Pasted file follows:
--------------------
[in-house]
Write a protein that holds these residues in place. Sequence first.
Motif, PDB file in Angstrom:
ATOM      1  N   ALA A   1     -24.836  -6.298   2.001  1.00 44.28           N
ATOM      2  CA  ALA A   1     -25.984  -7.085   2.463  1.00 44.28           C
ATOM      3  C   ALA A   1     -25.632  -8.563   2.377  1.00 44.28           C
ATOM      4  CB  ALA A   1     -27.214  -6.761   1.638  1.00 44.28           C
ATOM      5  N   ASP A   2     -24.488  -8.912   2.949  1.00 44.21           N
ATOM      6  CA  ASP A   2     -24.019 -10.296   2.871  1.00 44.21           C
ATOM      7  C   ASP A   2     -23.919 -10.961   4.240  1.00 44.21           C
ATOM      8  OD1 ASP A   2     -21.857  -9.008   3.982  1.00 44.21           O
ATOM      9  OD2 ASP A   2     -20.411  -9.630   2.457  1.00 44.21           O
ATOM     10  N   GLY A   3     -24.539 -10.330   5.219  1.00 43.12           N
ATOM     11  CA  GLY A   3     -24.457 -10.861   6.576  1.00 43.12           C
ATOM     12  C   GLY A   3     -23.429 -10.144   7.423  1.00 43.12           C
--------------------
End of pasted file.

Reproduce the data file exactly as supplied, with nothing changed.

[in-house]
Write a protein that holds these residues in place. Sequence first.
Motif, PDB file in Angstrom:
ATOM      1  N   ALA A   1     -24.836  -6.298   2.001  1.00 44.28           N
ATOM      2  CA  ALA A   1     -25.984  -7.085   2.463  1.00 44.28           C
ATOM      3  C   ALA A   1     -25.632  -8.563   2.377  1.00 44.28           C
ATOM      4  CB  ALA A   1     -27.214  -6.761   1.638  1.00 44.28           C
ATOM      5  N   ASP A   2     -24.488  -8.912   2.949  1.00 44.21           N
ATOM      6  CA  ASP A   2     -24.019 -10.296   2.871  1.00 44.21           C
ATOM      7  C   ASP A   2     -23.919 -10.961   4.240  1.00 44.21           C
ATOM      8  OD1 ASP A   2     -21.857  -9.008   3.982  1.00 44.21           O
ATOM      9  OD2 ASP A   2     -20.411  -9.630   2.457  1.00 44.21           O
ATOM     10  N   GLY A   3     -24.539 -10.330   5.219  1.00 43.12           N
ATOM     11  CA  GLY A   3     -24.457 -10.861   6.576  1.00 43.12           C
ATOM     12  C   GLY A   3     -23.429 -10.144   7.423  1.00 43.12           C